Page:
Marriott and Starwood’s merger closed over a year ago, but details on a combined loyalty program remain scarce. But now we know a little more: Amex and Chase to issue Marriott credit cards going forward.
Over a year ago now, Marriott and Starwood closed on their merger. And, initially, anyway, reciprocal member benefits became available quickly. But now, the hospitality titan seems to be taking things more slowly. In fact, it’s been a while since we’ve last had an update regarding their loyalty program integration plan. The only news released recently was regarding the elimination of benefits for Marriott Rewards members. That is, until now.
Loyalty Program Integration Update
Marriott’s update regarding its loyalty program integration isn’t huge. However, it does give us some insight into the process going on at the mothership. According to their most recent press release, Marriott is focusing on launching a single technology platform for Marriott Rewards, Ritz-Carlton Rewards, and SPG in late 2018. This platform will allow the syncing of technology-dependent components of each program, providing cost savings to the company. The platform is also described as being vital in moving Marriott one step closer to the goal of having a single loyalty program for all Marriott Rewards, Ritz-Carlton Rewards, and SPG members.
Given this information, I think its safe to assume that all three programs will remain as is for the foreseeable future. And outside of little tweaks, such as the elimination of rollover nights, no significant changes should happen till 2019 at the earliest. I’m also thinking, though, that this means we most likely won’t see cross-brand stays counting towards elite qualification until at least 2019 either. And that kind of sucks, as the lack of that cross-brand ability, is keeping me from trying out SPG properties during my travels. But, at least this gives those close to reaching lifetime status more time to hit the mark. After all, who knows how things will change once loyalty program integration is complete.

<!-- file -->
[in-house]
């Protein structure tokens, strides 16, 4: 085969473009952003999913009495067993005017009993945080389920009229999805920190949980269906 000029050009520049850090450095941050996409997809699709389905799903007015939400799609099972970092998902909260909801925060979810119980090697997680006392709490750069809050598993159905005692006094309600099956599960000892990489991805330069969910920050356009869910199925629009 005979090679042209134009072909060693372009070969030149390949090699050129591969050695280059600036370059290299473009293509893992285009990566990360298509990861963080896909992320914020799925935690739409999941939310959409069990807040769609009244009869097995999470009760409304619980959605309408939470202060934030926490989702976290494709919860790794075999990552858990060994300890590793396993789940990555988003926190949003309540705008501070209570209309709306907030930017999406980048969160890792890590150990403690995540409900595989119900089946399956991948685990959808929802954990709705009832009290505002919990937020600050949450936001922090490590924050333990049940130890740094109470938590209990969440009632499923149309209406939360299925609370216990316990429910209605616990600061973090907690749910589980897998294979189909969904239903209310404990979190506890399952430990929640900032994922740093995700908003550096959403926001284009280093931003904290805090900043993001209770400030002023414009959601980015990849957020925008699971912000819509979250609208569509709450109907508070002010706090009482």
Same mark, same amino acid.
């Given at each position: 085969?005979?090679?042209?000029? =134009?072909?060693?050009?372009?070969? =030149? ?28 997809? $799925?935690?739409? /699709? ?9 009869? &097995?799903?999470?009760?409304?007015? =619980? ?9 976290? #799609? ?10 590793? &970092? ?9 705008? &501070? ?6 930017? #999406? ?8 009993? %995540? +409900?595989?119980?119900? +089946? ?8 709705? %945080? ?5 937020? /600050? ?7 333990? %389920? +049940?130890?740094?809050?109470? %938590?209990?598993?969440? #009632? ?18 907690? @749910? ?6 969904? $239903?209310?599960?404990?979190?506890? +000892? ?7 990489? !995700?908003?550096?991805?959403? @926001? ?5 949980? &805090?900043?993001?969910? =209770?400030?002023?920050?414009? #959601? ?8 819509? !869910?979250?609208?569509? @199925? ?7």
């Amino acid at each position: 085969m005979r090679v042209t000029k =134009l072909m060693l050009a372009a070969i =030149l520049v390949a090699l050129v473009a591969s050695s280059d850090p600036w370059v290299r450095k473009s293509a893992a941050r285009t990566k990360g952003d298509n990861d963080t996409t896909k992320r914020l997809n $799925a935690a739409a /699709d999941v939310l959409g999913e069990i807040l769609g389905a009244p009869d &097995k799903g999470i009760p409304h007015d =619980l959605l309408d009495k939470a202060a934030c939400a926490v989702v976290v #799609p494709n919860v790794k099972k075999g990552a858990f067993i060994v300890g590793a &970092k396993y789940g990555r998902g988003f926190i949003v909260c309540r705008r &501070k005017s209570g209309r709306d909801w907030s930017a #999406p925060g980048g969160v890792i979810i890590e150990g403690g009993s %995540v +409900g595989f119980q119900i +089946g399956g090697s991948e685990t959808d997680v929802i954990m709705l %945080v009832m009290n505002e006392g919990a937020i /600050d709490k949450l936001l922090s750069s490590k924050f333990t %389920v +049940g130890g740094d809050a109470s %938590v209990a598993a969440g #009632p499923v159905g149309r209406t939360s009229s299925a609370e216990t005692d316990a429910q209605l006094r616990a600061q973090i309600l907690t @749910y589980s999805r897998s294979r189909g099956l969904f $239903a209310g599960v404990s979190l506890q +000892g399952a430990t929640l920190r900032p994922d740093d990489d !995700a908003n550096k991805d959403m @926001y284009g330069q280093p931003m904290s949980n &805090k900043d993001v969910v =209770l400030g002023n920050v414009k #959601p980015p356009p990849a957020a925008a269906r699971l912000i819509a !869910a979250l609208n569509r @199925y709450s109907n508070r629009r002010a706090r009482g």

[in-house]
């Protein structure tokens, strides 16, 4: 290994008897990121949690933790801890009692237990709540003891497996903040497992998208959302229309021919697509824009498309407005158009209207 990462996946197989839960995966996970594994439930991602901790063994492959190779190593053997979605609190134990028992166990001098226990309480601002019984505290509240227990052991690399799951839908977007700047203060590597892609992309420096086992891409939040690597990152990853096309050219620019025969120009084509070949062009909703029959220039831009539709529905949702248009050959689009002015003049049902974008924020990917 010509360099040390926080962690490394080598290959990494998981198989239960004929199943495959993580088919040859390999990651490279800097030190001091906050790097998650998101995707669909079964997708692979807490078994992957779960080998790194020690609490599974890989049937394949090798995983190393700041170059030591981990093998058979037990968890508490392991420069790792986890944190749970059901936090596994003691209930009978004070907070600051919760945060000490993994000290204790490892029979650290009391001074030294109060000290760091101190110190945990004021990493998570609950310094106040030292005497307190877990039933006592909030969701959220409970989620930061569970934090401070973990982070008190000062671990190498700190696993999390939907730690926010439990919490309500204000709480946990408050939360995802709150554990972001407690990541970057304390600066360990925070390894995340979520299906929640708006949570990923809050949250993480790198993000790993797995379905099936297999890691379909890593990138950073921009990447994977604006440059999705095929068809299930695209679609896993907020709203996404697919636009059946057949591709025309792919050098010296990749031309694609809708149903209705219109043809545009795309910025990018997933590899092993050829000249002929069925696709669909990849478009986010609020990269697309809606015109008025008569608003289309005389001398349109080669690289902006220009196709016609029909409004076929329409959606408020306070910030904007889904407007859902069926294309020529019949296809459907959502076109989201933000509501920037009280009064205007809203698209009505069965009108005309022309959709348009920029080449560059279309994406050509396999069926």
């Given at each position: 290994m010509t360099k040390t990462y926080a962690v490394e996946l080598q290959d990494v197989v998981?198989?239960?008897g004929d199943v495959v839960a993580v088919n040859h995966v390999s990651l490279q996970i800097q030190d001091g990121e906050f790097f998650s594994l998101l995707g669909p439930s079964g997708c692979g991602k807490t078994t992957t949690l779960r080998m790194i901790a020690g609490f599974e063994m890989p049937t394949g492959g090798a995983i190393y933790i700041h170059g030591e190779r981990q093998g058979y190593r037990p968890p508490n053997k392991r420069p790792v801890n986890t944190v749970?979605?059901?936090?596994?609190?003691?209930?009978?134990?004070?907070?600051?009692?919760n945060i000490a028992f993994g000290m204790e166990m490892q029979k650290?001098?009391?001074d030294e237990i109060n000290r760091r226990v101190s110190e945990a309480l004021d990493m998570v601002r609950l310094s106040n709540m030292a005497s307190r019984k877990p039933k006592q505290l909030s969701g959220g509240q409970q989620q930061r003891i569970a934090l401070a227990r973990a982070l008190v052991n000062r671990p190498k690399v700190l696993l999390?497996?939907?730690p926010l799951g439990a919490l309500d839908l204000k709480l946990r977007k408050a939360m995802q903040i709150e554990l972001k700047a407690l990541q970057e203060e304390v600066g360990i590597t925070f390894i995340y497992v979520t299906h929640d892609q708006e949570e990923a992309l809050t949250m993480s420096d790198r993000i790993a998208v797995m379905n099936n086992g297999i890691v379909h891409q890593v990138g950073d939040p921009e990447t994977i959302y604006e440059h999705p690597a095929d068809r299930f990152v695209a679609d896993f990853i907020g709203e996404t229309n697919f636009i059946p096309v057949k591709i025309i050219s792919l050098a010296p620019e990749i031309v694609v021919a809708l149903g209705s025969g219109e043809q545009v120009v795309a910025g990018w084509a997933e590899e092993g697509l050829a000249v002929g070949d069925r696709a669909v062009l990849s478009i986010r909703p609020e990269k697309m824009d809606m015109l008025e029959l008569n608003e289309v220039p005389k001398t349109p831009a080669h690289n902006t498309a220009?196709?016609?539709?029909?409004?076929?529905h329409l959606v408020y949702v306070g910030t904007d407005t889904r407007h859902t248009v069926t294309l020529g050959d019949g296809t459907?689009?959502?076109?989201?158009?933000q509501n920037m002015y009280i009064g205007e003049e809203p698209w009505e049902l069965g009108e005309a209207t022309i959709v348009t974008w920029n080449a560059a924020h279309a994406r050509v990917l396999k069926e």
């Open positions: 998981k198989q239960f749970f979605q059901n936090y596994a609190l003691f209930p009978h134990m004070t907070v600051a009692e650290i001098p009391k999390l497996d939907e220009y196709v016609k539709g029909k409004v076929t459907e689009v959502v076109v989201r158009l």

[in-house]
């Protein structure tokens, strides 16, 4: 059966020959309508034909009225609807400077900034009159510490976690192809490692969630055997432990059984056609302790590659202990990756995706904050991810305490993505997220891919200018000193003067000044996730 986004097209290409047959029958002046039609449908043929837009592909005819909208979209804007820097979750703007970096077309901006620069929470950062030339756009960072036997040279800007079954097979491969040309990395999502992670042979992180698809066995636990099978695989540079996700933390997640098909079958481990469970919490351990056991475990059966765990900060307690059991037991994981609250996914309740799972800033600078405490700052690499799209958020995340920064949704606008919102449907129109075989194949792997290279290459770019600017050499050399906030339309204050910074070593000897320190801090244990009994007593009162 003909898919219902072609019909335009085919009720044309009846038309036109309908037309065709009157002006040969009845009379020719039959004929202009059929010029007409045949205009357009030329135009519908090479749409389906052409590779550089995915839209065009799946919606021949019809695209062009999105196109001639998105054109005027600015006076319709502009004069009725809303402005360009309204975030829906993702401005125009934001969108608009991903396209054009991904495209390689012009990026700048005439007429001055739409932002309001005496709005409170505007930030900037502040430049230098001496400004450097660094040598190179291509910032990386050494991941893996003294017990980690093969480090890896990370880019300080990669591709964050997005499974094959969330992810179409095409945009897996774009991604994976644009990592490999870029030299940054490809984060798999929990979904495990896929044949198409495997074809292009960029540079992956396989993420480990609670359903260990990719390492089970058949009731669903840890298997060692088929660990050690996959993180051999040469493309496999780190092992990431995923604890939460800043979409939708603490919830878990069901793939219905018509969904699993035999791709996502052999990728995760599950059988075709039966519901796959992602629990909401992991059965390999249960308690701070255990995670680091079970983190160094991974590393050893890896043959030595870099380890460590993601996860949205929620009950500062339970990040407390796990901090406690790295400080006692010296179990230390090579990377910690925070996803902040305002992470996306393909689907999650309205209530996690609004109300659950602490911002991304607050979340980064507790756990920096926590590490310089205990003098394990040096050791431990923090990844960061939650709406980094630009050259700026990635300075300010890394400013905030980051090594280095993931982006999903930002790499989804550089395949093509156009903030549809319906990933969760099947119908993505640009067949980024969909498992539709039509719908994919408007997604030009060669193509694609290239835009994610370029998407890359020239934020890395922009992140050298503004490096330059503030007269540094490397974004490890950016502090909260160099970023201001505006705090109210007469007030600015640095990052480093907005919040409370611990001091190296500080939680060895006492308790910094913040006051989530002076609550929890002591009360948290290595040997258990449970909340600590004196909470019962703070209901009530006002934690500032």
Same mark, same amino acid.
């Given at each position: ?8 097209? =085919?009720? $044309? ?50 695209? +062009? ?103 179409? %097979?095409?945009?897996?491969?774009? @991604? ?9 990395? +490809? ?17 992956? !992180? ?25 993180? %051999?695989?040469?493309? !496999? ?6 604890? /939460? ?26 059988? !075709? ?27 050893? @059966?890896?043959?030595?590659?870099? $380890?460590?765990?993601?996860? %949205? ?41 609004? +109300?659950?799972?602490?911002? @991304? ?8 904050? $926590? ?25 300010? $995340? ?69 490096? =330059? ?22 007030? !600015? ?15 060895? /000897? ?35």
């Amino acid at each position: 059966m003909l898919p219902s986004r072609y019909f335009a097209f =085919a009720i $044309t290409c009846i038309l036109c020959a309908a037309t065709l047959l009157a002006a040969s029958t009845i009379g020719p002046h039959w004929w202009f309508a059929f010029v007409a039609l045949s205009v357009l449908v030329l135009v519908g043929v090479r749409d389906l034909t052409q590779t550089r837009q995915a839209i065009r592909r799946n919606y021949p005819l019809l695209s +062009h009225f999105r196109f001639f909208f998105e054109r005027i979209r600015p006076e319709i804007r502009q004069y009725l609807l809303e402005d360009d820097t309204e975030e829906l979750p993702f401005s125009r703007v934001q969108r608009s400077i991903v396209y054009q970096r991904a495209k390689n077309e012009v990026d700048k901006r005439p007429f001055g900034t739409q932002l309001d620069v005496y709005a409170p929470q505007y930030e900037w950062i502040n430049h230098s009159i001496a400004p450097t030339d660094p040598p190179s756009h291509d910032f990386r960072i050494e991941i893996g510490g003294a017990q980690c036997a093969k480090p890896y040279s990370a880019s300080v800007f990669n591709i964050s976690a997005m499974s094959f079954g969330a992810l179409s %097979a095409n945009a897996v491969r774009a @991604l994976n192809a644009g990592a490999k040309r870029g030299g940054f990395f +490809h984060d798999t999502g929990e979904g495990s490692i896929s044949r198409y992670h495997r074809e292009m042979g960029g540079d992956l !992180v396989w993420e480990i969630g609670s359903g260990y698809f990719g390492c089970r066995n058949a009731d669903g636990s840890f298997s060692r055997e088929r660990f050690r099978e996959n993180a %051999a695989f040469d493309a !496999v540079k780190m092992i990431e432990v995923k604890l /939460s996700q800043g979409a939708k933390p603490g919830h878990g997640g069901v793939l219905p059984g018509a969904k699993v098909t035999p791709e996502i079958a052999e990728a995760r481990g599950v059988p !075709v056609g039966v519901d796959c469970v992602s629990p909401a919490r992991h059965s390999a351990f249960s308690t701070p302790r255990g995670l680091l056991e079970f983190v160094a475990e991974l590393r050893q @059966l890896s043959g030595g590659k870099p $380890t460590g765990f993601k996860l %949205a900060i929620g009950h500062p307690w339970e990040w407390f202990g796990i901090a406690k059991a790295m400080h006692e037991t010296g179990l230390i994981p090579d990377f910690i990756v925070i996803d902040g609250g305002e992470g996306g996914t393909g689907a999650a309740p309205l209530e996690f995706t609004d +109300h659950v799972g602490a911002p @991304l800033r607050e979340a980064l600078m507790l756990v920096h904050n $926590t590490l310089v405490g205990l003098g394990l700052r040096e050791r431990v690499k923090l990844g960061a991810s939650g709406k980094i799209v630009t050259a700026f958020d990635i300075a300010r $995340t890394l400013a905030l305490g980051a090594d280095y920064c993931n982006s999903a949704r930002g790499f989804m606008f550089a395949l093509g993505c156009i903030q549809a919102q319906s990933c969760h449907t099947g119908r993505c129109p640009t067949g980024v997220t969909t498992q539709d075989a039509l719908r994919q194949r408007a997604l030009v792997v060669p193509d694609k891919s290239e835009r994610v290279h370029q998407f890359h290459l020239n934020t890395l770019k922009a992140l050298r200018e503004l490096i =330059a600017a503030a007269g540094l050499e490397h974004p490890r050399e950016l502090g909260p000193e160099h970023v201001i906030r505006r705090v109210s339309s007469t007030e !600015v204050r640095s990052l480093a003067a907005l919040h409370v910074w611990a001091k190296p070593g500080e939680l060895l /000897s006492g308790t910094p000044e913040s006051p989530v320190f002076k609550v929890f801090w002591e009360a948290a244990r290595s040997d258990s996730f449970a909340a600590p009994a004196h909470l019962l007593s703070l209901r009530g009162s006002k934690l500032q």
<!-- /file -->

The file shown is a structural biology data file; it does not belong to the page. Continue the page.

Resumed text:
Co-Brand Credit Card Agreements
The above update was a tiny portion of Marriott’s press release the other day. And while significant to Marriott Rewards loyalists, that information pales in comparison to the big announcement made. That announcement, of course, was regarding the co-brand credit card relationships of the integrated Marriott Rewards program. And to everyone’s surprise, Marriott will be keeping credit card relationships with both American Express and JP Morgan Chase.
Today, American Express issues the SPG credit card in both personal and business flavors. Chase, on the other hand, has the Marriott Rewards Visa Signature (personal and business), as well as the JP Morgan Ritz-Carlton Rewards Visa Infinite. Interestingly, Marriott considers that $450 annual fee Ritz-Carlton card to be a “premium” product. The two Marriott Signature cards, on the other hand, are considered mass consumer products. And while those distinctions may not seem significant, you’ll see why they are in a minute.